200 health, business groups endorse bipartisan ObamaCare bill

200 health, business groups endorse bipartisan ObamaCare bill
© Greg Nash

More than 200 health and business groups have endorsed a bipartisan bill to shore up ObamaCare's insurance markets. 

Senate Health Committee Chairman Lamar AlexanderAndrew (Lamar) Lamar AlexanderGraham: GOP has votes to confirm Trump's Supreme Court nominee before the election The Hill's Morning Report - Sponsored by Facebook - Washington on edge amid SCOTUS vacancy This week: Supreme Court fight over Ginsburg's seat upends Congress's agenda MORE (R-Tenn.) and ranking member Patty MurrayPatricia (Patty) Lynn MurraySenate Democrats introduce legislation to probe politicization of pandemic response Trump health officials grilled over reports of politics in COVID-19 response CDC director pushes back on Caputo claim of 'resistance unit' at agency MORE (D-Wash.) announced the support Wednesday as part of their latest push to get the bill passed. 

Those in support include influential groups such as the American Medical Association and the American Hospital Association.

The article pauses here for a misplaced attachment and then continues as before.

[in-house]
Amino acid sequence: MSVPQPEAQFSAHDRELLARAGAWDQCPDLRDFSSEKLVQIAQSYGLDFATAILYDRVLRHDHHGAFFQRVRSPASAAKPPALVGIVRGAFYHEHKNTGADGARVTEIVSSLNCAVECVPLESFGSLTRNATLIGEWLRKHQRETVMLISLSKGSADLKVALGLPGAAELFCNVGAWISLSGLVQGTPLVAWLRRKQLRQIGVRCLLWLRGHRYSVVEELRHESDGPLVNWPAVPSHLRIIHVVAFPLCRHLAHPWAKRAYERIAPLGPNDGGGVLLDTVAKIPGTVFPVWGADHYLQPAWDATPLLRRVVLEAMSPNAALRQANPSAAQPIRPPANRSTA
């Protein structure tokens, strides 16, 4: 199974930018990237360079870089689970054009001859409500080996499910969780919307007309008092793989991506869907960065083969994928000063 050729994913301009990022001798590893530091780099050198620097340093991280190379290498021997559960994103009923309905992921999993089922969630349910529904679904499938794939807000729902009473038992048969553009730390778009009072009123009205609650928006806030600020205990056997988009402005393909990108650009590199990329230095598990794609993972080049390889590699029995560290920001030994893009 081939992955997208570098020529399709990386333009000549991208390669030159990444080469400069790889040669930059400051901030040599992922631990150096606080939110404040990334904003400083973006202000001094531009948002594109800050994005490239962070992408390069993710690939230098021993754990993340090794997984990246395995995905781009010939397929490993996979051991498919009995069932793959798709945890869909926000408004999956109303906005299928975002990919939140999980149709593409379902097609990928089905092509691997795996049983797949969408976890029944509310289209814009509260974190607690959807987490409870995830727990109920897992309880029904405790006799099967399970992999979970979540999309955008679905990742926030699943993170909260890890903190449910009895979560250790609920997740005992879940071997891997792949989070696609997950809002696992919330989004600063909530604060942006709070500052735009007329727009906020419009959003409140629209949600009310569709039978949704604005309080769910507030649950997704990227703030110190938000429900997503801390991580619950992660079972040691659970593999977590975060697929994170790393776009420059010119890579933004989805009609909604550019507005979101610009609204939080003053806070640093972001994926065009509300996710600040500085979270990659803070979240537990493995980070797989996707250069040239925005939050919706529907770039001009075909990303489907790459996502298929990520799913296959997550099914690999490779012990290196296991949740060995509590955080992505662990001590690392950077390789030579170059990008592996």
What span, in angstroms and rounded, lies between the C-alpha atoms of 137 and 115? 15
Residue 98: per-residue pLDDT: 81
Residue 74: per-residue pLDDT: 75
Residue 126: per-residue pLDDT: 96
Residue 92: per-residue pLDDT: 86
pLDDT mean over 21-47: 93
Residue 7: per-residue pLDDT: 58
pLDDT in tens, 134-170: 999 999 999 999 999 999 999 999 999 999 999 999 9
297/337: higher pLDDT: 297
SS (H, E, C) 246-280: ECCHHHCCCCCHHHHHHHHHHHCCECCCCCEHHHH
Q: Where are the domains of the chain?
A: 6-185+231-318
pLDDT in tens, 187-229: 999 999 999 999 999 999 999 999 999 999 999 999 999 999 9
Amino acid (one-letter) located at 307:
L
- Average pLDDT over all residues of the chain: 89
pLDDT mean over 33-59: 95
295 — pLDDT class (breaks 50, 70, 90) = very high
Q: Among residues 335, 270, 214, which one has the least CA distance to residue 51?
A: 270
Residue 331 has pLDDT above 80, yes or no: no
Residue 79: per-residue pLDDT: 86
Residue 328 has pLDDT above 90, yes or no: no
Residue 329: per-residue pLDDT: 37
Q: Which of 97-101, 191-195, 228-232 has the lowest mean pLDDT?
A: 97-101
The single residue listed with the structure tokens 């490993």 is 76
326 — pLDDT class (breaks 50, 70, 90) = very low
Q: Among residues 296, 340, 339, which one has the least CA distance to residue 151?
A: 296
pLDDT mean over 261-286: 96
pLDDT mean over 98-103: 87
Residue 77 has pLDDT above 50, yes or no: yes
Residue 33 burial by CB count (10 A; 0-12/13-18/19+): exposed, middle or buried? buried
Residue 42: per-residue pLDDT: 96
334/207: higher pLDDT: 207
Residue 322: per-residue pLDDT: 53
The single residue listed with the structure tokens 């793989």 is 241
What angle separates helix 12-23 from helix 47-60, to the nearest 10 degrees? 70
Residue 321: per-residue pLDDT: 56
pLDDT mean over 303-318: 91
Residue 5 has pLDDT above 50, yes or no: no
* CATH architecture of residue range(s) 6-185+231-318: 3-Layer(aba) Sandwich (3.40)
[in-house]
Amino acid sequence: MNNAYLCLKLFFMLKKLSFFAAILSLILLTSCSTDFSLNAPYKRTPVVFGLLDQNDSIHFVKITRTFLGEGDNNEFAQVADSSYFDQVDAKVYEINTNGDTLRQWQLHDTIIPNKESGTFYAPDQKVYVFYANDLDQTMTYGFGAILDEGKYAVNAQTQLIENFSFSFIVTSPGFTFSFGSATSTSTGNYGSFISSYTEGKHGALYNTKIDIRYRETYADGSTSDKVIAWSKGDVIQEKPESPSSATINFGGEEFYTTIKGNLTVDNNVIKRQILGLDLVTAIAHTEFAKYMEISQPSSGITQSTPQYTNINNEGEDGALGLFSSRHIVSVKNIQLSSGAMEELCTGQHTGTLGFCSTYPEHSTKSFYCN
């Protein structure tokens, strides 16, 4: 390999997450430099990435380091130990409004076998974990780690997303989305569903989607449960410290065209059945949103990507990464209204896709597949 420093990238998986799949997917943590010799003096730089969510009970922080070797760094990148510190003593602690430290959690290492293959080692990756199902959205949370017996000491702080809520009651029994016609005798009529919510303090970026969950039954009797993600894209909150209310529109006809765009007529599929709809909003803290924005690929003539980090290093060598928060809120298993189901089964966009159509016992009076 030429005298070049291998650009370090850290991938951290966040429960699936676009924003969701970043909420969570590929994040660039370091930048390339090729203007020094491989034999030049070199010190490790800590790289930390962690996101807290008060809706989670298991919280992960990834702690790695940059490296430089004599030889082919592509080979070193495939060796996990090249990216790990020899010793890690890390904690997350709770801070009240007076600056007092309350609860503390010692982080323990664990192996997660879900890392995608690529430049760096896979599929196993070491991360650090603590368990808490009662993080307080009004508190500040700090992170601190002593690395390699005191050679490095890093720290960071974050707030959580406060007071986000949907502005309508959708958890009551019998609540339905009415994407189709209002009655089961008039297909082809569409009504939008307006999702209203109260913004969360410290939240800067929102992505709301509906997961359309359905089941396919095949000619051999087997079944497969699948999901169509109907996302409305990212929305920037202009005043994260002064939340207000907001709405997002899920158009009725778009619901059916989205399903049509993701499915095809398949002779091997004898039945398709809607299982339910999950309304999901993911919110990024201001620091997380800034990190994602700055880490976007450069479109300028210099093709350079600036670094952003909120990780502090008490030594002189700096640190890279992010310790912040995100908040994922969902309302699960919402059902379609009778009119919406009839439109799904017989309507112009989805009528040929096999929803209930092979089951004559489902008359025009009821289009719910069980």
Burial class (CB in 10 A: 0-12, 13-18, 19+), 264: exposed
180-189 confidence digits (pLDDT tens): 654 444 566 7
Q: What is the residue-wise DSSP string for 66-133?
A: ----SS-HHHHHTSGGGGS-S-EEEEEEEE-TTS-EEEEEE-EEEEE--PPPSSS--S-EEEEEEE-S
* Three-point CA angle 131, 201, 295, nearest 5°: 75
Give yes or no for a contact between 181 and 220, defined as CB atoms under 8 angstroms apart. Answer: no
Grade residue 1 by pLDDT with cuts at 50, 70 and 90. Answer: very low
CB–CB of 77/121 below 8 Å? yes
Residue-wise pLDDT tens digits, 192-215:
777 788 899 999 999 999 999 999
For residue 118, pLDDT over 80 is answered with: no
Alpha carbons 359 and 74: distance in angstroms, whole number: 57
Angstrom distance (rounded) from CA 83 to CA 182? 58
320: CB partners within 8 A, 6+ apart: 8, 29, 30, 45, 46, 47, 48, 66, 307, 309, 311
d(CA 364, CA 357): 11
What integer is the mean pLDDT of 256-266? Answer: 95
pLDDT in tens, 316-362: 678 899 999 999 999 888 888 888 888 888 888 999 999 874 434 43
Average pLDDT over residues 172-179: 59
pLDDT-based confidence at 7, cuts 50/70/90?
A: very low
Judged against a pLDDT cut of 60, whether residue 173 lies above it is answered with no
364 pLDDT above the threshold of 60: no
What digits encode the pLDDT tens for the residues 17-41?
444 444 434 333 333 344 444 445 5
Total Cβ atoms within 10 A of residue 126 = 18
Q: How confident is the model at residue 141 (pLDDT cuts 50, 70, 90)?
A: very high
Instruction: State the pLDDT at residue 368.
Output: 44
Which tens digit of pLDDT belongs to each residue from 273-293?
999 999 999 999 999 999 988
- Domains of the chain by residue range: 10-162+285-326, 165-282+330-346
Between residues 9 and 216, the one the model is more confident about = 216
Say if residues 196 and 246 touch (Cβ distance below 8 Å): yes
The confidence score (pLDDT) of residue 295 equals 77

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But the bill still faces an uphill battle to becoming law. While it appears to have the support needed to pass the Senate, Majority Leader Mitch McConnellAddison (Mitch) Mitchell McConnellFEC flags McConnell campaign over suspected accounting errors Poll: 59 percent think president elected in November should name next Supreme Court justice Mark Kelly: Arizona Senate race winner should be sworn in 'promptly' MORE (R-Ky.) has said he won't call it for a vote without approval from President Trump. 

The bill would fund ObamaCare's insurer subsidy payments for two years and give states additional flexibility to change their ObamaCare requirements.

Trump has called the bill a bailout for insurance companies and is pushing for more conservative changes. 

But Murray said Tuesday she hasn't had any discussions with the White House about making changes to the legislation, calling for it to be brought up as is. 

The bill thus appears to be at a standstill. Many observers think its only real chance is to be included in a larger deal on spending in December.